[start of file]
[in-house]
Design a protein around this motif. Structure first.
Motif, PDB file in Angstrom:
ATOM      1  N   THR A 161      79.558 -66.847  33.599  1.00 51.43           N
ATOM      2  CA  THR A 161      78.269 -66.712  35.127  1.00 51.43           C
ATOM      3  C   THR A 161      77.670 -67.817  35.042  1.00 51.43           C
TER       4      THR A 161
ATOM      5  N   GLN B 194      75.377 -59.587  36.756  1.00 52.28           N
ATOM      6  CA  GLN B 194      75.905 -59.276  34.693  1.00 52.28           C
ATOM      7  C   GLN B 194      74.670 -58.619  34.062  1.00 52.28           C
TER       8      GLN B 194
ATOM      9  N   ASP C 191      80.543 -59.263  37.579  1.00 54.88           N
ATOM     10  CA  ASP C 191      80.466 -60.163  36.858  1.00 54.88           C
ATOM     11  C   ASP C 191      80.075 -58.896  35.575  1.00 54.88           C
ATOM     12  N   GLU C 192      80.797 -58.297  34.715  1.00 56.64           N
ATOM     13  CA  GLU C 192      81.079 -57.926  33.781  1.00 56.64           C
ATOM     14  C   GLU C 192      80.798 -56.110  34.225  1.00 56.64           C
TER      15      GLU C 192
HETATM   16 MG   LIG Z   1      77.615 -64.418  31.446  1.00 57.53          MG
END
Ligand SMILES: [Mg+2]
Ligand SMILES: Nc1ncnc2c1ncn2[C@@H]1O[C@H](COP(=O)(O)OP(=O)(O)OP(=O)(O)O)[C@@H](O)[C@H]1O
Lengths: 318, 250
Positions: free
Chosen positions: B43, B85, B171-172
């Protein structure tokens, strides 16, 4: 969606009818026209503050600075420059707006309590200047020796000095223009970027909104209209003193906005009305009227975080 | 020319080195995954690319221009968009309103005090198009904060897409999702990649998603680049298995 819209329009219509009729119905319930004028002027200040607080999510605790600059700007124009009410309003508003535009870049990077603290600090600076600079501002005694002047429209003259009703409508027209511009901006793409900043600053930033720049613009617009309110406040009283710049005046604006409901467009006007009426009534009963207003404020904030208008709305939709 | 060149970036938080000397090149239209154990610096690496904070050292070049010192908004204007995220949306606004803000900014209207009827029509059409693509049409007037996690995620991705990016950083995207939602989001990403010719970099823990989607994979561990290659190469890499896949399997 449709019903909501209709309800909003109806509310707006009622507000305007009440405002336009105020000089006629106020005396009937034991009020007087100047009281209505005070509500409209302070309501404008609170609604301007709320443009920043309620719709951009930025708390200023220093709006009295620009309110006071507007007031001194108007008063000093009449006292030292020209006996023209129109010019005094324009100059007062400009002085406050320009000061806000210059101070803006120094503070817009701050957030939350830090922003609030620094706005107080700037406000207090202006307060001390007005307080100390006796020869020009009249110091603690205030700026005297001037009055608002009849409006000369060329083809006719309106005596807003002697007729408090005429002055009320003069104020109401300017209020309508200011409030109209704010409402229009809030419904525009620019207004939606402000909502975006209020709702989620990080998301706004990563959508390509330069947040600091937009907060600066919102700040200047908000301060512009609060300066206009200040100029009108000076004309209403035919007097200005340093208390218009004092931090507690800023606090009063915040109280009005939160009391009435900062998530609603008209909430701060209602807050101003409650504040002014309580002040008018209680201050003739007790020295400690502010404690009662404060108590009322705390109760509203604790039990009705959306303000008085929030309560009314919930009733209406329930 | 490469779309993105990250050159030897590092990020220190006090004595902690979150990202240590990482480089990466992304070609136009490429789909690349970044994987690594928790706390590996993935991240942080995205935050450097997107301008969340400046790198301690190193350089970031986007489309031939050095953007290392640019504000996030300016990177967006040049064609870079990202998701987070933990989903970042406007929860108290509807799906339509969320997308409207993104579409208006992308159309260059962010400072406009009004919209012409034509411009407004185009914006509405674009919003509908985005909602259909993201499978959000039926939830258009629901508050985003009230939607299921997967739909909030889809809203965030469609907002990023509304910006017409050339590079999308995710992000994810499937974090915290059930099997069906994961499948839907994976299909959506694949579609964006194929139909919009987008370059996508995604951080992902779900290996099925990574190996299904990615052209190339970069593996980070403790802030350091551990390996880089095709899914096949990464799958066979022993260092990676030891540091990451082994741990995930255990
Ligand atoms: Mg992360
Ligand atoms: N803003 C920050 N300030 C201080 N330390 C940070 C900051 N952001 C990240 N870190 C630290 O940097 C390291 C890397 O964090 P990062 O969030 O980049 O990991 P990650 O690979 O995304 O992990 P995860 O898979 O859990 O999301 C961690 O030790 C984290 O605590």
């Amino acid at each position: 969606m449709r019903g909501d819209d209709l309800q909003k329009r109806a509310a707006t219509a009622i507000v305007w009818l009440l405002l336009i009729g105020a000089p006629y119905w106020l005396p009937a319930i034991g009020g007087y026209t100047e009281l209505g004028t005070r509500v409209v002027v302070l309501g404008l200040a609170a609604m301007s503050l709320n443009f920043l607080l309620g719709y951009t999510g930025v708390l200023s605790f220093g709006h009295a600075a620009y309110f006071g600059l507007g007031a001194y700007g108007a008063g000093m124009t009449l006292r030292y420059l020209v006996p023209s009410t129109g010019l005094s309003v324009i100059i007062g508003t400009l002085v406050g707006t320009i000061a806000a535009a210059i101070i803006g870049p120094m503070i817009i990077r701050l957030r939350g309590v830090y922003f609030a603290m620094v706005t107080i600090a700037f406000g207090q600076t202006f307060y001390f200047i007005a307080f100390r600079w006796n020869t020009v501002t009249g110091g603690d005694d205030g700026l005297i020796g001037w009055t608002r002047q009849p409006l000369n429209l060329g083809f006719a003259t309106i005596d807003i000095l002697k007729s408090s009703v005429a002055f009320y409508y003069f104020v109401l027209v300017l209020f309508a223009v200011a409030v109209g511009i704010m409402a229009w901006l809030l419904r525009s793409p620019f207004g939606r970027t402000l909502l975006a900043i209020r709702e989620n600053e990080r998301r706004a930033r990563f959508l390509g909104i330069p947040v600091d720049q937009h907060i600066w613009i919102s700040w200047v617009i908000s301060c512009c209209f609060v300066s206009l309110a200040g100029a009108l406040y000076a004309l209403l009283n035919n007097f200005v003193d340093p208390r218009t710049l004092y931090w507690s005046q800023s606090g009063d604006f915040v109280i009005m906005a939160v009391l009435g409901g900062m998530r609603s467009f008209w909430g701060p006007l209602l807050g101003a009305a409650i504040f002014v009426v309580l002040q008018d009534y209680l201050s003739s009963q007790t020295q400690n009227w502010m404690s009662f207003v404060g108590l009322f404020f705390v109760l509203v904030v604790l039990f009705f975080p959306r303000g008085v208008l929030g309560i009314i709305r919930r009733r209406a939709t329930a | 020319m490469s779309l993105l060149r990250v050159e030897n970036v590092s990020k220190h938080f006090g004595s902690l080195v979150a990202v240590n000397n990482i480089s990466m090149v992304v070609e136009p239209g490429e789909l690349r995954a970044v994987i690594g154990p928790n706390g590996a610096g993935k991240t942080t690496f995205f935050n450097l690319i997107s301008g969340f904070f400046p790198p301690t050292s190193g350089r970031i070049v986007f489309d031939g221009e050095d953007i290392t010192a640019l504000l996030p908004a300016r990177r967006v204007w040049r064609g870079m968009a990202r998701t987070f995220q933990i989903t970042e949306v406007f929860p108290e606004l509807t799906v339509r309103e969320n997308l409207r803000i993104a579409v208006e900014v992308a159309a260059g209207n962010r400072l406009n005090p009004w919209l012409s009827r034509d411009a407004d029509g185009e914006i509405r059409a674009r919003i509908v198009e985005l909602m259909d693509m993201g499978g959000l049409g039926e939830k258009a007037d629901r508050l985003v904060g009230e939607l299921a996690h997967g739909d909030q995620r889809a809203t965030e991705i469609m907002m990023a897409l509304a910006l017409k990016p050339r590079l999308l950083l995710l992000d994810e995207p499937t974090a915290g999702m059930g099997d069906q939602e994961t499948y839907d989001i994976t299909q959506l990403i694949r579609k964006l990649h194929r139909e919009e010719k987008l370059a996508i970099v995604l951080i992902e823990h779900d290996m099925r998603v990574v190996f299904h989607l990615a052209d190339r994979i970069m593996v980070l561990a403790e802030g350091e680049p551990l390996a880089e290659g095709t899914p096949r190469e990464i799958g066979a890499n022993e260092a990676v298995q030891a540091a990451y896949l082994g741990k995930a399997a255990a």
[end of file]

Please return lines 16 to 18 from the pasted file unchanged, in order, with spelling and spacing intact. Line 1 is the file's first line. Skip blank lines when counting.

ATOM     13  CA  GLU C 192      81.079 -57.926  33.781  1.00 56.64           C
ATOM     14  C   GLU C 192      80.798 -56.110  34.225  1.00 56.64           C
TER      15      GLU C 192